Giants are not always what we think they are!
In the battle to preserve our climate and the future of our planet, many giants stand in our way.

The public are apathetic. Who cares about a sea level rising 3mm per year? How can anyone be concerned about something that is beyond individual perception? We must depend on science to inform us that the planet is warming, that the oceans are rising, that the ice caps are melting and our oceans are becoming more acidic. But hardly a week goes by without a letter to the editor warning readers about evil scientists striving for world domination. Public apathy and distrust of scientists gives politicians the confidence to ignore the problem.
Apathy is our Goliath. For Clean Energy For Eternity, David’s smooth pebbles are the humble solar panel. Being small does not equate to being weak.

When it comes to climate change, science is very much the underdog. Throughout history it is surprising how often the underdog prevails.
Matthew Nott

Solar Revolution

Australia is now right up there with the rest of the world in terms of the proportion of houses with solar PV. The next big step in the solar revolution is getting solar PV onto the roofs of commercial and government owned properties. Commercial properties have the advantage of having bigger roof spaces which gives economies of scale and provided all the electricity can be generated on site the system pay-back time is now less than five years. Once paid for the system goes on generating free power for a further 20 years.

It might seem a no-brainer for any business to install solar under these circumstances but for a business long term benefits don’t count nearly as much as this year’s bottom line.

The Northern Beaches Chapter of Clean Energy for Eternity has just established a not-for-profit company that overcomes this obstacle. Capital will be raised from community investors to install the system. The business will pay the investors for the electricity generated at the price they are currently paying their utility. Then, after seven years the business is given the installation.

ClearSky Solar Investments was launched in Narrabeen in Sydney last week – the culmination of a lot of hard work by the CEFE team with funding from the NSW Office of Environment and Heritage. The NSW Minister with responsibility for renewable energy Rob Stokes spoke at the launch and was warm in his praise for the initiative. Dr Mark Diesendorf from UNSW set the scheme in the wider perspective of Australia’s inevitable transition to 100% renewable energy. CEFE Northern Beaches convener Dr Christina Kirsch pointed out that similar schemes has been operating in Germany for many years and now it is hard to find a commercial roof without solar PV, despite Germany’s reduced sunshine. CEFE Secretary Prue Kelly and CEFE Public Officer Warren Yates attended the launch.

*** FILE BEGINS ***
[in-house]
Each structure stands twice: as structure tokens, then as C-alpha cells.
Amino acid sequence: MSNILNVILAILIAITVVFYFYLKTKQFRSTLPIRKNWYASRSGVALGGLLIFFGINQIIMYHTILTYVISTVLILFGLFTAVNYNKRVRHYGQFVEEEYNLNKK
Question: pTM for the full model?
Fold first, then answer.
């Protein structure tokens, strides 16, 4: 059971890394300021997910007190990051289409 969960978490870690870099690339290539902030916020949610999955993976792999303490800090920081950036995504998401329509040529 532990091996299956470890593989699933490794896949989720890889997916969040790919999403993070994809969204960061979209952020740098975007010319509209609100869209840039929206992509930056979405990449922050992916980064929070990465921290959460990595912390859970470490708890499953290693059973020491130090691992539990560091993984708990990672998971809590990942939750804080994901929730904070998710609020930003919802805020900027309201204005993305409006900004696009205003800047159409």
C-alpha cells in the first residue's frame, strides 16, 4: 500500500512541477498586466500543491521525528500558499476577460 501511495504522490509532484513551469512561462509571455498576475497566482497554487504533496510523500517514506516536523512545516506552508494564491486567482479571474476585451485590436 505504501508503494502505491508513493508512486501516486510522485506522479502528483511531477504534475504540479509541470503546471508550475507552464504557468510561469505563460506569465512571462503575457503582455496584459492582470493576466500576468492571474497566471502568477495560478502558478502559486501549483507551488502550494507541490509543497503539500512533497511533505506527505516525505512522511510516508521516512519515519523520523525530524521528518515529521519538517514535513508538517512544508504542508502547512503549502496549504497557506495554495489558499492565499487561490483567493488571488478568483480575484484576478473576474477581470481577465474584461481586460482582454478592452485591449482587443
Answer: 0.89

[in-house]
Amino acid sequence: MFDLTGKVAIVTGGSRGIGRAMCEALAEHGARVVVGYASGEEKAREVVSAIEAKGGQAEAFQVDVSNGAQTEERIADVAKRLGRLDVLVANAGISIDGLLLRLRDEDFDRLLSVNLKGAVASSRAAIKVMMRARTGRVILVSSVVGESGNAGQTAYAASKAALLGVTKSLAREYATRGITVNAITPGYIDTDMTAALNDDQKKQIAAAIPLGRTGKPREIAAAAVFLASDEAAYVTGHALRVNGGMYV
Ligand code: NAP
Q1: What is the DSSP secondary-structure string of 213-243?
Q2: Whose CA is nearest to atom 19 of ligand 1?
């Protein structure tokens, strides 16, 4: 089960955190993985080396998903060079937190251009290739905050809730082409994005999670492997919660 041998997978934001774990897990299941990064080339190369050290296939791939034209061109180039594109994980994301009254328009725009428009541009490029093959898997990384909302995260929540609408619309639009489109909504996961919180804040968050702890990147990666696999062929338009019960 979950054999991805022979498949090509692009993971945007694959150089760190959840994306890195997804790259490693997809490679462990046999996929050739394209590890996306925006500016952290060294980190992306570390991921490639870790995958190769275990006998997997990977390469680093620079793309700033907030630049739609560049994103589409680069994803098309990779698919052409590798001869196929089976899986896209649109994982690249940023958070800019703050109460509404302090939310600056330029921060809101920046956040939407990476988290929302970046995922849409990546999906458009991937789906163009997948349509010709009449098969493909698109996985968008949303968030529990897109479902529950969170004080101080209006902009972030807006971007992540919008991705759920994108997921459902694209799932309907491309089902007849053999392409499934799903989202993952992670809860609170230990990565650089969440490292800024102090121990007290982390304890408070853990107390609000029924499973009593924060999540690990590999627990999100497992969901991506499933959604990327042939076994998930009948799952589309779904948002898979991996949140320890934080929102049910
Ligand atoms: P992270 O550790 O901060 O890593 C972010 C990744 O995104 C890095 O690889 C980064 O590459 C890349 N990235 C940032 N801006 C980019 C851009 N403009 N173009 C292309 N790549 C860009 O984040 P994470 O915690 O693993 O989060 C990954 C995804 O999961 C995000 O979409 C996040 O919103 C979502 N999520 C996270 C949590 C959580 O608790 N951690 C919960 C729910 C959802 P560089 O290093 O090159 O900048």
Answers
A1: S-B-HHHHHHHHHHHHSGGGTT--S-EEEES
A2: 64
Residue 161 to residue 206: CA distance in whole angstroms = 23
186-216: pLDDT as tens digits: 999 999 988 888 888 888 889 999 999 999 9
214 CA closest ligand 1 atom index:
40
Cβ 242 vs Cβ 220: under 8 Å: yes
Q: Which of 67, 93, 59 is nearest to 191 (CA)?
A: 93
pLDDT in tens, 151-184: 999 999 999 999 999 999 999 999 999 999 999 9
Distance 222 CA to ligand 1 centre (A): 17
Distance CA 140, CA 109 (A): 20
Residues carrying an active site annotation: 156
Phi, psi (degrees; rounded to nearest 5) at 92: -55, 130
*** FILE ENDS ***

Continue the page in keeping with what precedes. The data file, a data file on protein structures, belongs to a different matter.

At this stage the locations which give the best return to investors are in Western NSW, but as panel prices fall South Coast properties will come into play. ClearSky’s proof of concept project is the Royal Hotel Boggabri. It is proving a win for everyone with investors getting an 8% return and the hotel proprietor getting a 15 kW solar system after 7 years, while paying less for their electricity between now and then.

The Corporations Act prohibits Investment opportunities of this type being advertised to the general public. However if you have a long term commitment to seeing Australia make the transition to renewable energy you can sign-in to the website www.clearskysolar.com.au. As projects come up they will be announced in the members area of the website.
Warren Yates

Dire Prediction for Australian Ski Resorts

The future of the alpine ski industry is on shaky ground, according to a government commissioned report, with ski seasons predicted to be up to 10 weeks shorter and snow depths considerably diminished.

The report predicts that by 2050 the maximum snow depth could decrease by up to 80 centimetres and the ski season might shorten by more than two months.

Dr Jonas Bhend from the CSIRO Marine and Atmospheric Research was one of the authors of the report.

‘The maximum snow depth [could] decrease by around 50 percent by 2050 in the higher elevation sites. Although in the lower elevation sites by 2050, the strongest emission scenario suggests the snow might be gone by then,’ said Dr Bhend.

‘The worst scenario is in 2020 the reduction is 30-40 per cent for the higher sites and by 2050 it’s 70-80 per cent.

‘It depends on what emissions reduction we decide on. At the moment we look like tracking the higher emissions scenarios.’

The snow industry in Australia is worth 1.8 billion dollars and employs 18,000 people.